The Christian Science Monitor has an interesting piece about Pine Manor College, the Massachusetts women’s college that’s lately been working hard to provide higher education to poor and minority women. As Stacy Teicher Khadaroo, writes:

The young women at Pine Manor College, located on a bucolic campus on the outskirts of Boston, call Nemerowicz by her first name – something she encourages even though she’s president of the college. Long a haven for privileged white women, under her leadership Pine Manor has been transformed into one of the nation’s most diverse liberal arts colleges.

Students hail from Haiti and Maine, Boston and Mexico. Their SAT scores and grades are usually just average, and more than 60 percent qualify for low-income federal Pell Grants. But at Pine Manor, and dozens of small colleges like it around the country, students are supported and valued for the life experiences they bring to the classroom.

Gloria Nemerowicz (above), the president of the college, understands how hard it can be for working women to attend college. Nemerowicz worked at meat market and a bakery, as well as for a dry cleaner, to support herself while she earned her bachelor’s degree from Rutgers University.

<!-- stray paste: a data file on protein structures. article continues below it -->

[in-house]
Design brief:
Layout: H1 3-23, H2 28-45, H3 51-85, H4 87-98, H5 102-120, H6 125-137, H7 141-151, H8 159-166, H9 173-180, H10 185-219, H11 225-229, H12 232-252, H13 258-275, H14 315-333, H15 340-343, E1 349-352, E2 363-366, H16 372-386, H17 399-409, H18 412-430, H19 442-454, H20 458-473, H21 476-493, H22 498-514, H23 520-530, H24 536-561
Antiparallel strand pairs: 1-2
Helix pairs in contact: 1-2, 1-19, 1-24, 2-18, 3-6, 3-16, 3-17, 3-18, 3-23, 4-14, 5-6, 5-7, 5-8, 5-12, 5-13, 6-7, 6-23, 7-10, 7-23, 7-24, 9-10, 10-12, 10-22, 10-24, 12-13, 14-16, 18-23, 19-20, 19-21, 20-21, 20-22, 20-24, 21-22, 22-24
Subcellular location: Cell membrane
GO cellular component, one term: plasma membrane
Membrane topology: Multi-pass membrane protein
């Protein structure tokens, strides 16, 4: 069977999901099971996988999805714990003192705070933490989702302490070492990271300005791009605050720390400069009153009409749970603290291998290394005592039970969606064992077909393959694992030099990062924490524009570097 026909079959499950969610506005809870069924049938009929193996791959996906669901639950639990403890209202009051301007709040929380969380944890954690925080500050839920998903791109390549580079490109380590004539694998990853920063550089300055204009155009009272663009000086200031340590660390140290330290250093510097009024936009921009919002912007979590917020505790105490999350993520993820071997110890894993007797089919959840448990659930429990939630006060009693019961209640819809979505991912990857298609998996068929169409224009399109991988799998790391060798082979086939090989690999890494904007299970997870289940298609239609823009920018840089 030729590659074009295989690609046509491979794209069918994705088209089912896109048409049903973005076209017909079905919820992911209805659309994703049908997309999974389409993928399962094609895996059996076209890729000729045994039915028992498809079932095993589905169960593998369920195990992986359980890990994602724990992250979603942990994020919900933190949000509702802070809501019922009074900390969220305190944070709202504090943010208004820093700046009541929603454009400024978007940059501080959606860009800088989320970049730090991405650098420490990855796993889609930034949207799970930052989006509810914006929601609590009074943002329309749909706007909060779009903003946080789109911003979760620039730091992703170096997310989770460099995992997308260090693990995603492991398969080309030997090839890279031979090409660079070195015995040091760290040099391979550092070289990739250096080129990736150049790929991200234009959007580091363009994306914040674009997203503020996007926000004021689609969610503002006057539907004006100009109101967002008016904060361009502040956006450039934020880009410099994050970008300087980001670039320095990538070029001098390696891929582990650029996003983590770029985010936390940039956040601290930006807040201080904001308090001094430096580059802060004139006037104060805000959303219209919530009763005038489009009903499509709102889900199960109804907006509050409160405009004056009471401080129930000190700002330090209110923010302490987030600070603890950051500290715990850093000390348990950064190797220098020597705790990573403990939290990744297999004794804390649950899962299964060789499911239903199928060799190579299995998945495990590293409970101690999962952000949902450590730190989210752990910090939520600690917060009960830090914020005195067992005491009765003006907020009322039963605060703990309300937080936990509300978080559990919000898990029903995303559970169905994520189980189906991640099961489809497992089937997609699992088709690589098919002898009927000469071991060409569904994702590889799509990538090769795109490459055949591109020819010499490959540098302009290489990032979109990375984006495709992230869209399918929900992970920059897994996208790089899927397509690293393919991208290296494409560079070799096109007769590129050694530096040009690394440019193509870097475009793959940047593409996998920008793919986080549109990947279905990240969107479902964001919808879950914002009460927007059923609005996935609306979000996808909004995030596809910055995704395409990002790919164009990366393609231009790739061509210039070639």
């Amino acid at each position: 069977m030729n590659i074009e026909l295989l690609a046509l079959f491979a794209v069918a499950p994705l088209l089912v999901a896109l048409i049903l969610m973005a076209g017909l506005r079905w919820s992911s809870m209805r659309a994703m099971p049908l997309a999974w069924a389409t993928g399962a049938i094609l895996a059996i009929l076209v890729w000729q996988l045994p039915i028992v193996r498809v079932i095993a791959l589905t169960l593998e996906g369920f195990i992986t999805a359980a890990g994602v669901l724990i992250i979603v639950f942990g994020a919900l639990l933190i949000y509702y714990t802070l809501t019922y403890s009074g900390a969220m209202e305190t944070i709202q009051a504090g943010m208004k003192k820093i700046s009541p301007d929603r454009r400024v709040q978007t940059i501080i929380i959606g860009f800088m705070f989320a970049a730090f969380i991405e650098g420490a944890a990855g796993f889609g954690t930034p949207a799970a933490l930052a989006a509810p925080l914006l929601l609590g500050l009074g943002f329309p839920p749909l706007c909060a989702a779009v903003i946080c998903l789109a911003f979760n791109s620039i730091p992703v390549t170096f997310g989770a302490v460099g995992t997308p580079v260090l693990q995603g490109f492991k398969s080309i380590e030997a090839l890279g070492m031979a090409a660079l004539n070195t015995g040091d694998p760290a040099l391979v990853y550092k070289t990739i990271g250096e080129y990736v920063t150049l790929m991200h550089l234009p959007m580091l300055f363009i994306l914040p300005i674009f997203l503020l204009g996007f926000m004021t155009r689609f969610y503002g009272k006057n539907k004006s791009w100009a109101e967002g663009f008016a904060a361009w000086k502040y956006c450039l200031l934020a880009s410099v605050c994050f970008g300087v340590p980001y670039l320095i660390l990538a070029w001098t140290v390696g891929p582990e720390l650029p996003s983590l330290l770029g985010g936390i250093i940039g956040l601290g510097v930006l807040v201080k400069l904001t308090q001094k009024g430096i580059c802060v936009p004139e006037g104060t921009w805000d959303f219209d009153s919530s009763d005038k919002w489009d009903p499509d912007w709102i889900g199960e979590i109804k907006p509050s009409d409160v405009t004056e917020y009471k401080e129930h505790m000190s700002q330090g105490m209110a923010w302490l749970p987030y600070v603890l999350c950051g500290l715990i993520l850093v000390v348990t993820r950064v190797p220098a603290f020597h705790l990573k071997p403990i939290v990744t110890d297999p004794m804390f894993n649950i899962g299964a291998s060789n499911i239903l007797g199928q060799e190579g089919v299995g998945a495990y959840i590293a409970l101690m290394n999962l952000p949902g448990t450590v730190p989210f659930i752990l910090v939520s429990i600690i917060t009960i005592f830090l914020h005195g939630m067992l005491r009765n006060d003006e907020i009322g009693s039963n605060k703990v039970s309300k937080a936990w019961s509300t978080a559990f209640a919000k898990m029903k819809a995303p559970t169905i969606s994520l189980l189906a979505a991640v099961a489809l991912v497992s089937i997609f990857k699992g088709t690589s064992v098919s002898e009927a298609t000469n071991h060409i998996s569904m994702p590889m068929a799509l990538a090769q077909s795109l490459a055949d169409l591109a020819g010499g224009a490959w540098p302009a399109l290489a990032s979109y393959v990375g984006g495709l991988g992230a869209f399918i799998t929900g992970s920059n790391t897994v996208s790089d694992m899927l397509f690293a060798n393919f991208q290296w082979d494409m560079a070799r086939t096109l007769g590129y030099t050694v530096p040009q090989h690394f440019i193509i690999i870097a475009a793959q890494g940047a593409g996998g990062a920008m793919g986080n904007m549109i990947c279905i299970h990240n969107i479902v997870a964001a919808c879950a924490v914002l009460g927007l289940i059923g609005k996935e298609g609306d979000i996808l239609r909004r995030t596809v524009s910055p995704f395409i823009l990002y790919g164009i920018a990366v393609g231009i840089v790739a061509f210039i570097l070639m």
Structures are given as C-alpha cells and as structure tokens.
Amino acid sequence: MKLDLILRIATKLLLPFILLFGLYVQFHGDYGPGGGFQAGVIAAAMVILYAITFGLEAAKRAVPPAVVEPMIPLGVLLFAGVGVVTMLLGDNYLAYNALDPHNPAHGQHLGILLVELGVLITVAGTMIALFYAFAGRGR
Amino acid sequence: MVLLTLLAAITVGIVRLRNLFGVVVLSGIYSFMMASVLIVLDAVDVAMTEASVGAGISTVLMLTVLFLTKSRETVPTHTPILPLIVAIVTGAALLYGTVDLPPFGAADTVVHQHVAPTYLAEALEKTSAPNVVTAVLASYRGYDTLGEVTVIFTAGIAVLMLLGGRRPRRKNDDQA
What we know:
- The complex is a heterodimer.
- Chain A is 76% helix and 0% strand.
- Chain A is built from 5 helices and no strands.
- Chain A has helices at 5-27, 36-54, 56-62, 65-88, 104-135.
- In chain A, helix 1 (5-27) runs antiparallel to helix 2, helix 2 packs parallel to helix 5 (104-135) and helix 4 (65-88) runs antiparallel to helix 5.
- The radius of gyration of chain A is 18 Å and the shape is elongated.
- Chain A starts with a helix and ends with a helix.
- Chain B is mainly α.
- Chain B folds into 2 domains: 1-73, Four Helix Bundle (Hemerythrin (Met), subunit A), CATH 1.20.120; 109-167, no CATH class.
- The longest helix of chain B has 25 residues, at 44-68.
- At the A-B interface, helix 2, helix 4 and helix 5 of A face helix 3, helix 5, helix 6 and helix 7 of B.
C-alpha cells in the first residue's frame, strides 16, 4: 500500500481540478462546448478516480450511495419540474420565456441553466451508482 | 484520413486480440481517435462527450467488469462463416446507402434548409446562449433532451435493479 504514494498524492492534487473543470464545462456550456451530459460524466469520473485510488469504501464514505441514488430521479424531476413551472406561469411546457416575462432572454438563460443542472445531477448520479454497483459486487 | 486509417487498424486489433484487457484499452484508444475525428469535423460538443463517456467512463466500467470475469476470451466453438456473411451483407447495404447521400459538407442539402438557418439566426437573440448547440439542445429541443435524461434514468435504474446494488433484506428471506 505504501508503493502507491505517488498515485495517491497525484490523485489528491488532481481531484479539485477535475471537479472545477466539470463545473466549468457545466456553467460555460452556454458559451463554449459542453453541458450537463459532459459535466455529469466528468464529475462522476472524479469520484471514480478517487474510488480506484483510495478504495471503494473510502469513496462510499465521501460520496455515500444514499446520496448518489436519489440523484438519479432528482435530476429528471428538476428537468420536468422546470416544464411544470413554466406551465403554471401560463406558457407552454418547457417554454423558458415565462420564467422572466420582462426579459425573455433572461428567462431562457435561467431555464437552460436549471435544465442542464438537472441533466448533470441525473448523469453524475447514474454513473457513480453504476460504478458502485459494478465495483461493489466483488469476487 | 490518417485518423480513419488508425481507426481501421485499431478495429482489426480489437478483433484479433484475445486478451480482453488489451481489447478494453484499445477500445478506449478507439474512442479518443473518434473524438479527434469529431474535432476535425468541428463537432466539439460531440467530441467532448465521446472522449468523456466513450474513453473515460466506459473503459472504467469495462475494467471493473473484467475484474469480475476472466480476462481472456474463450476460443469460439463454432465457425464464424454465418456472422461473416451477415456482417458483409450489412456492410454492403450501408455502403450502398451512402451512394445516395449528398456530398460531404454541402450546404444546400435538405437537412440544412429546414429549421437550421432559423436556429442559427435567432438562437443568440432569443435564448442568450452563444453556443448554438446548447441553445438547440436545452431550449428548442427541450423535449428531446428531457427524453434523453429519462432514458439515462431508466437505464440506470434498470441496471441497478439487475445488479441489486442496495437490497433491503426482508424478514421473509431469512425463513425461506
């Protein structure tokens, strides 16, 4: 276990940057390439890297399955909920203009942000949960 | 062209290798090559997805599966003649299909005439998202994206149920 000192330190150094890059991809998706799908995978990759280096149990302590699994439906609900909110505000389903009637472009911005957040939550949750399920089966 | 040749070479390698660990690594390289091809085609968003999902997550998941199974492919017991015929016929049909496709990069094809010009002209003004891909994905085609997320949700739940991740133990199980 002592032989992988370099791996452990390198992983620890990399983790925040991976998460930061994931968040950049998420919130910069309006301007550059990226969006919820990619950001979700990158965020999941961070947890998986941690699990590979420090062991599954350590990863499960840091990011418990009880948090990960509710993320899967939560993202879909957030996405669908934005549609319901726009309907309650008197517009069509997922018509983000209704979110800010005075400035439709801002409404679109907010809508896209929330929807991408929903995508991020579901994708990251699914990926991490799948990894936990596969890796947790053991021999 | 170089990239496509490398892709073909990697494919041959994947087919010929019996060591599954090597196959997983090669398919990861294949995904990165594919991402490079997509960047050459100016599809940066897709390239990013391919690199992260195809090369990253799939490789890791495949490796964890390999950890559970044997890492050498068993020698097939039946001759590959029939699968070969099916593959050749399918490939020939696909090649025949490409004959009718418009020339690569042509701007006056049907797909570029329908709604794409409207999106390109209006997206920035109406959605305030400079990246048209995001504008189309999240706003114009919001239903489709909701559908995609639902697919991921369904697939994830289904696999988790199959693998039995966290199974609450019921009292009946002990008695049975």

It appears to be this background that led her to transform her school.

There were two important parts to Nemerowicz’s leadership: 1) Make the school cheap (tuition at Pine Manor is $21,000 a year, but the school apparently offers generous financial aid) and 2) Support student progress until they each get degrees (according to the article, “each student is aided by a team of faculty members, student-life staff, and even a financial adviser”).

Nemerowicz plans to retire at the end of the academic year. One wonders what sort of person the school can find to replace her. [Image via]

Daniel Luzer

Daniel Luzer is the news editor at Governing Magazine and former web editor of the Washington Monthly. Find him on Twitter: @Daniel_Luzer